"Fort Richardson Texas Historical Marker" by Pi3.124. Licensed under Public Domain via Wikimedia Commons - https://commons.wikimedia.org/wiki/File:Fort_Richardson_Texas_Historical_Marker.jpg#/media/File:Fort_Richardson_Texas_Historical_Marker.jpg
Backstory and Context
Fort Richardson was the northernmost site in a line of federal forts that stretched from the Rio Grande to the Red River. The 6th Calvery established the fort in 1867 on the southern bank of Lost Creek in order to force the native Plains Indians onto reservations beyond the Red River. The fort was often attacked by the natives and in one bloody confrontation between the military posted at Fort Richardson and a group of Plains Indians led by Kiowa Chief Kicking Bird occurred in 1870 and was known as the Battle at the Little Wichita River. Additionally, many lives were lost at Fort Richardson due to illnesses and diseases. The hospital, which still stands on the grounds today, was built in 1870. According to the Interpretive Guide to Richardson State Historic Site, "It has been said that your chances of surviving on the frontier were better going on an Indian campaign than having to go into the hospital. One would think that the hospital’s primary task would have been patching up wounded soldiers but more men died from diseases than from battle wounds. Highest on the list of complaints requiring medical attention were illnesses caused by bad water and spoiled food, followed closely by alcoholism and venereal diseases contracted during visits to nearby dens of iniquity."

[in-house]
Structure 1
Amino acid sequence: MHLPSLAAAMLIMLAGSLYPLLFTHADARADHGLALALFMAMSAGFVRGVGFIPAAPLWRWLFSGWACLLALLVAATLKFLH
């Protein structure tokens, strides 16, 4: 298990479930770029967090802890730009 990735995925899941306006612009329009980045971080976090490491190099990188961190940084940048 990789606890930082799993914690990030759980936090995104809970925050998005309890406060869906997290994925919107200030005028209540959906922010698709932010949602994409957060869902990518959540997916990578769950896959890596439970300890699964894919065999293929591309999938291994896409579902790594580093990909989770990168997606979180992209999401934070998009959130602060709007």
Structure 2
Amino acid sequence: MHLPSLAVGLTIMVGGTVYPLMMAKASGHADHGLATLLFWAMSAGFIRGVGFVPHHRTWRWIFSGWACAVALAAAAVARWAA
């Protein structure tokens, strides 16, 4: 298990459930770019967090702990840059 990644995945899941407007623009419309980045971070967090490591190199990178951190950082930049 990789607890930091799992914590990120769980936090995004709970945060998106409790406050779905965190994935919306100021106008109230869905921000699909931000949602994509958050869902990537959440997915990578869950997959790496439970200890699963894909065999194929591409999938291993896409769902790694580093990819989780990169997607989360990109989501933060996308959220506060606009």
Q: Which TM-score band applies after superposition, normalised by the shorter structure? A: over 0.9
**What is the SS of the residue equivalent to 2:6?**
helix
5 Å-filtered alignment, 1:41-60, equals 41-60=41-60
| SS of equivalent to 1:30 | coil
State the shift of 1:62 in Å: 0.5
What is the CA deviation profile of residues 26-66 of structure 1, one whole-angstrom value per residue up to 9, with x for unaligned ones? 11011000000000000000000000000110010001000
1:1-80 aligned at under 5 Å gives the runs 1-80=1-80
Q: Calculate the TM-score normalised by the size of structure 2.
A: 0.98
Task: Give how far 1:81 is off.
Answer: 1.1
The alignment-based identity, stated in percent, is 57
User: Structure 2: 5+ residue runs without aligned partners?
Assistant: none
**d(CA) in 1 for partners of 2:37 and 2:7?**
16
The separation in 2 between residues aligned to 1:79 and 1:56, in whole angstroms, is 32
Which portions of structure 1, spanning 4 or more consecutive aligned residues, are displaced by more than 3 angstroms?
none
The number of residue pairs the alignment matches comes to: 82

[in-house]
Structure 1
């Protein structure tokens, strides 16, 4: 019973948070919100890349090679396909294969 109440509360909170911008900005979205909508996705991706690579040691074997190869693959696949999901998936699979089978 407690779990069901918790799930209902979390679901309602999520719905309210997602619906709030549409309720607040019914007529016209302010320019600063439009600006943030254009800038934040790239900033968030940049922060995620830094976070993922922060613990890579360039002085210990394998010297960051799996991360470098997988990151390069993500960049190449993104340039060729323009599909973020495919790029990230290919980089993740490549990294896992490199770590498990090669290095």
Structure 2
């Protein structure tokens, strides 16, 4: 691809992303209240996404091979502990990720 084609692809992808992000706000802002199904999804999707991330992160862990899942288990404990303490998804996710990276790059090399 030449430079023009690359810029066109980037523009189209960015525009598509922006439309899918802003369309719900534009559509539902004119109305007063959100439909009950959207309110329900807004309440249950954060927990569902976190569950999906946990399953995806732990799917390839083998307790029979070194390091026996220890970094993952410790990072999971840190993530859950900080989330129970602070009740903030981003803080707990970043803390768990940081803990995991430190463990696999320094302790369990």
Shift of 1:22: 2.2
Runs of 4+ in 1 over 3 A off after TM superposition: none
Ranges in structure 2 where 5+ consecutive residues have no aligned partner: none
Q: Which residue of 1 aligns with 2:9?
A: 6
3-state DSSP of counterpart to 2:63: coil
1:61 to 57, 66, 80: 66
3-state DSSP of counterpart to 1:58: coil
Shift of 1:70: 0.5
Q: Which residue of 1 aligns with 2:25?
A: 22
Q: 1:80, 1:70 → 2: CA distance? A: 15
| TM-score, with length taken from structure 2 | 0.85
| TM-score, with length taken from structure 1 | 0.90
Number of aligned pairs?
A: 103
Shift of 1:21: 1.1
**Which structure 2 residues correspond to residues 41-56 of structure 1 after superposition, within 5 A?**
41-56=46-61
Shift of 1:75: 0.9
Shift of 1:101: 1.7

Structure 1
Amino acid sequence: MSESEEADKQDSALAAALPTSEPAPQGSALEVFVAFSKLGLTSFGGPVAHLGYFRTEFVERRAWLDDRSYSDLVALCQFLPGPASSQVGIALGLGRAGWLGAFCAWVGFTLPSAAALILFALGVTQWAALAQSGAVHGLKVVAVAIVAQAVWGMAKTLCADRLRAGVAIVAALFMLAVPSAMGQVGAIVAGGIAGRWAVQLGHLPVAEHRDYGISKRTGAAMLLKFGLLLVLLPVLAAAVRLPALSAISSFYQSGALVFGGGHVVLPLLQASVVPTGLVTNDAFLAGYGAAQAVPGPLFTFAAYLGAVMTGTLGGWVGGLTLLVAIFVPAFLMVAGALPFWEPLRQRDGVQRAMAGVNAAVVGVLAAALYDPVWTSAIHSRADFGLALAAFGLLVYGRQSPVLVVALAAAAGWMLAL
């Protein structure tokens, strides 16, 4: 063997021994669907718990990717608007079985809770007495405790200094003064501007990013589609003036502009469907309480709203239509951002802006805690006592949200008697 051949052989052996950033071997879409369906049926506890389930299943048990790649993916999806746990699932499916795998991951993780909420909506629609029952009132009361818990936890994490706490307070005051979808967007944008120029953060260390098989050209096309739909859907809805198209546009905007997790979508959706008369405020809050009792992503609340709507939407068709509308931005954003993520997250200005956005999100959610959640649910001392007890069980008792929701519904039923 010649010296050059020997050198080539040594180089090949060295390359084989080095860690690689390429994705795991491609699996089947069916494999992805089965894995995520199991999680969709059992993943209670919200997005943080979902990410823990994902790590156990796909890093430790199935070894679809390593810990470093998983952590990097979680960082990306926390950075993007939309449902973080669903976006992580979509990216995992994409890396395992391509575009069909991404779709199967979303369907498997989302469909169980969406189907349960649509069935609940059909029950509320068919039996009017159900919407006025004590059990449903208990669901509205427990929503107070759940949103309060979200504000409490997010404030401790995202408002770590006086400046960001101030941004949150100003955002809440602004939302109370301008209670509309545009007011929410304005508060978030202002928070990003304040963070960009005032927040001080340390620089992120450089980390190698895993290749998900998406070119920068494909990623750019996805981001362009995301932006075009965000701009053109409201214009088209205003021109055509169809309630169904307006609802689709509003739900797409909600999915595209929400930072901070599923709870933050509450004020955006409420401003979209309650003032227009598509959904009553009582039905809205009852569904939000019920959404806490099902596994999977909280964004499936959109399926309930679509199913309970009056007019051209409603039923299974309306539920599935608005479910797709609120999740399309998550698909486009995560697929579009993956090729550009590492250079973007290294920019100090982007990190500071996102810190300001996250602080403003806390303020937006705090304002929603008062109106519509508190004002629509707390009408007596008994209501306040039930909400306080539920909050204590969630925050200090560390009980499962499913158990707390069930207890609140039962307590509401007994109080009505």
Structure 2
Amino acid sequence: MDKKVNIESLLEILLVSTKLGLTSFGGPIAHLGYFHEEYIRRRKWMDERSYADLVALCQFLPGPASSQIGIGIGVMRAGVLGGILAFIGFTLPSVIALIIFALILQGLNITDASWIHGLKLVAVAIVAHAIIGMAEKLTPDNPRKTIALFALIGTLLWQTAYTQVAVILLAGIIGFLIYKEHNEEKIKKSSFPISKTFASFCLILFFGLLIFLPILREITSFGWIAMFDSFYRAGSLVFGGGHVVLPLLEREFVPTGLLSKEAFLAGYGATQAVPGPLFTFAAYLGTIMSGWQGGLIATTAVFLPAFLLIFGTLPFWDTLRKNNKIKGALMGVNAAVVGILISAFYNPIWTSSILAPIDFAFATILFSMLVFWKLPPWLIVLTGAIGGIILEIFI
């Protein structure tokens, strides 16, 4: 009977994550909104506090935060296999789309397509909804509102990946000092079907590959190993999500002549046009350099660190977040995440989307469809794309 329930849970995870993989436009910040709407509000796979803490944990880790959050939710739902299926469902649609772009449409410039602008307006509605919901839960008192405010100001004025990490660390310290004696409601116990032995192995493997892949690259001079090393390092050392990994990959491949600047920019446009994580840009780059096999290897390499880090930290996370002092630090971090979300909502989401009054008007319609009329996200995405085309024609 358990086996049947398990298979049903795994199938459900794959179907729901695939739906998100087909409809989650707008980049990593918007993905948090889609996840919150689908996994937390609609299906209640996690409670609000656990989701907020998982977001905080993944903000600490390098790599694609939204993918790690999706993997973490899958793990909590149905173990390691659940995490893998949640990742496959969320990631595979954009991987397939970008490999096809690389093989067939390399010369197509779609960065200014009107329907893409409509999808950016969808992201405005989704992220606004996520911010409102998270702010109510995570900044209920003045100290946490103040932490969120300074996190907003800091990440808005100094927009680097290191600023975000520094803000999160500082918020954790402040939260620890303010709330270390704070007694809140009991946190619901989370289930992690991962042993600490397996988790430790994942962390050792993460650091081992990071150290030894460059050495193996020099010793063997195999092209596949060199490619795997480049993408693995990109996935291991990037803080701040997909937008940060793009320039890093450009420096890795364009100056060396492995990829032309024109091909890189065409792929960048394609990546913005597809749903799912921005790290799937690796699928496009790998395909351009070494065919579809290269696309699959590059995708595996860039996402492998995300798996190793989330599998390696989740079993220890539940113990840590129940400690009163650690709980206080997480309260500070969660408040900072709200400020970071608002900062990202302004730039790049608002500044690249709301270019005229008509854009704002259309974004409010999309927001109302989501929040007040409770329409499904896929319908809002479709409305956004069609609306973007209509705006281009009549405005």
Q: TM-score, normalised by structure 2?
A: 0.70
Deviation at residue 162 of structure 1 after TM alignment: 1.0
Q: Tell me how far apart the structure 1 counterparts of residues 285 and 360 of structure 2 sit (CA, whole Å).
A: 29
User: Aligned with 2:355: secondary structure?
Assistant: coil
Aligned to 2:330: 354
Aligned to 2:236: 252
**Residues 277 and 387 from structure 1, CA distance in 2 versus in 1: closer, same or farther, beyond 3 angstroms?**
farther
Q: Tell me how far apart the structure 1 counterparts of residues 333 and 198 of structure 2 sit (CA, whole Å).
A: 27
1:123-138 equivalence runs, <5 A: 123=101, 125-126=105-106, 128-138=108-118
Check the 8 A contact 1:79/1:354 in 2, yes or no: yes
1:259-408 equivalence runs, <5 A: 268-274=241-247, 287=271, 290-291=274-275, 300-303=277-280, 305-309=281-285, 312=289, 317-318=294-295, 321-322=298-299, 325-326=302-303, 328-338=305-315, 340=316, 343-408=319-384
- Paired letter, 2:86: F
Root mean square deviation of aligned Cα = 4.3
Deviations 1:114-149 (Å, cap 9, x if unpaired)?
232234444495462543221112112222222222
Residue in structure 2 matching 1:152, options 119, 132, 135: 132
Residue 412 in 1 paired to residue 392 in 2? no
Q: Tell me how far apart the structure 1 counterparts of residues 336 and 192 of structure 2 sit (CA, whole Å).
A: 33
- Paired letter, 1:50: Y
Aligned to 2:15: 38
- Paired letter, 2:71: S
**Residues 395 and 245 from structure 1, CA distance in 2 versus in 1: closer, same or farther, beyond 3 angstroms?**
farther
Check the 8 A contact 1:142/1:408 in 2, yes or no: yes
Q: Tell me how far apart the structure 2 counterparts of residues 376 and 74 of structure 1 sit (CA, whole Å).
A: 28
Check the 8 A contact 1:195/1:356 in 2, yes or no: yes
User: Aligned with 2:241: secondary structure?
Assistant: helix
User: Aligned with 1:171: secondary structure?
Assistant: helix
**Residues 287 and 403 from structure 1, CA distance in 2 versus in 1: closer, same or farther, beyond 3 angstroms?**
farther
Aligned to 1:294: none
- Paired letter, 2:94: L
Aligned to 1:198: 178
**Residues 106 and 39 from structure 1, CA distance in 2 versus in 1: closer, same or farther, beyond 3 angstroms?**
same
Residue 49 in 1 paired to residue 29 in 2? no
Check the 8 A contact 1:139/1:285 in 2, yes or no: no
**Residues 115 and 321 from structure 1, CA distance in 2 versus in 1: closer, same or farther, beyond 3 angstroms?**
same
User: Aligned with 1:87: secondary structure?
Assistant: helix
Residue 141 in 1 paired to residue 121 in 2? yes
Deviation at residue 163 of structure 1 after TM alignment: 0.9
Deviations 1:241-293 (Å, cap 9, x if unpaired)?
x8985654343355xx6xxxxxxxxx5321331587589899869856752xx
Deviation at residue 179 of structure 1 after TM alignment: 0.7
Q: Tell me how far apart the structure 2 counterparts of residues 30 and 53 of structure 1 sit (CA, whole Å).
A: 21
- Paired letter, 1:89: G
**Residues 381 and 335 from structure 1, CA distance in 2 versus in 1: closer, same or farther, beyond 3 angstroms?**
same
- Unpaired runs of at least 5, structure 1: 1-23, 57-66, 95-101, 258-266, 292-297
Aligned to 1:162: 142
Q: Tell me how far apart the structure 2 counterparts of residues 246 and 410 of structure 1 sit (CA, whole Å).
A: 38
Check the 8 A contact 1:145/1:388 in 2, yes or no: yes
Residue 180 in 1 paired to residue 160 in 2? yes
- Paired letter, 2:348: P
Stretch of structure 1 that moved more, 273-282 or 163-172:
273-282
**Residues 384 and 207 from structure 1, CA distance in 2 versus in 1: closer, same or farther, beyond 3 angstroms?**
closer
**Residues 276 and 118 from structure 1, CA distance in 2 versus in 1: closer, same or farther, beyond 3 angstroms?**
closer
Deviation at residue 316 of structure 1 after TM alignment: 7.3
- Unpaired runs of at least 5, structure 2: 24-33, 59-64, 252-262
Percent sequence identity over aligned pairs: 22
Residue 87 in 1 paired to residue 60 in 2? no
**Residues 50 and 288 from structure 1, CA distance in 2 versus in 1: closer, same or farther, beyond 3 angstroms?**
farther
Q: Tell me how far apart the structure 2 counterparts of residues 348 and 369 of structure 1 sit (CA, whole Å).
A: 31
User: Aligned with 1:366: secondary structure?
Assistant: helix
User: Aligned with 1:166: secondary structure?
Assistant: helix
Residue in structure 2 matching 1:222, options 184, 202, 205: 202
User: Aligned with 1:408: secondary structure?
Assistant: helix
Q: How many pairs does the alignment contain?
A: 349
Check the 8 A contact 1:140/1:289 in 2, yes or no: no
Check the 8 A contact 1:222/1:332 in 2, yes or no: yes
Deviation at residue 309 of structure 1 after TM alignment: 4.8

In 1869, President Grant established the Quaker Peace Policy which designated that civilians would control Indian reservations rather than military personnel. However, in 1874, the president annulled the Quaker Peace Policy so that military could do whatever was necessary in order to control hostility on the reservations. General William T. Sherman gave orders to Colonel Ranald Mackenzie to lead military operations against any Indians, and after 15 months, his efforts had proven successful, culminating at the Battle of Palo Duro Canyon on September 28, 1874. Without the threat of Indian attack, military was no longer needed at Fort Richardson and the site was abandoned in 1878.
However, the fort's military history wasn't quite over. In 1940, Fort Richardson was the moblization site for Battery F, 2nd Battalion, 131st Field Artillery Regiment, 36th Infantry Division, Texas National Guard. The men became known as the "Lost Battalion" for they were captured by the Japanese at sea during World War II.
Fort Richardson was deemed a National Historic Landmark by the National Parks Service in 1963, and the Texas Parks and Wildlife Department began maintaining the park in 1968.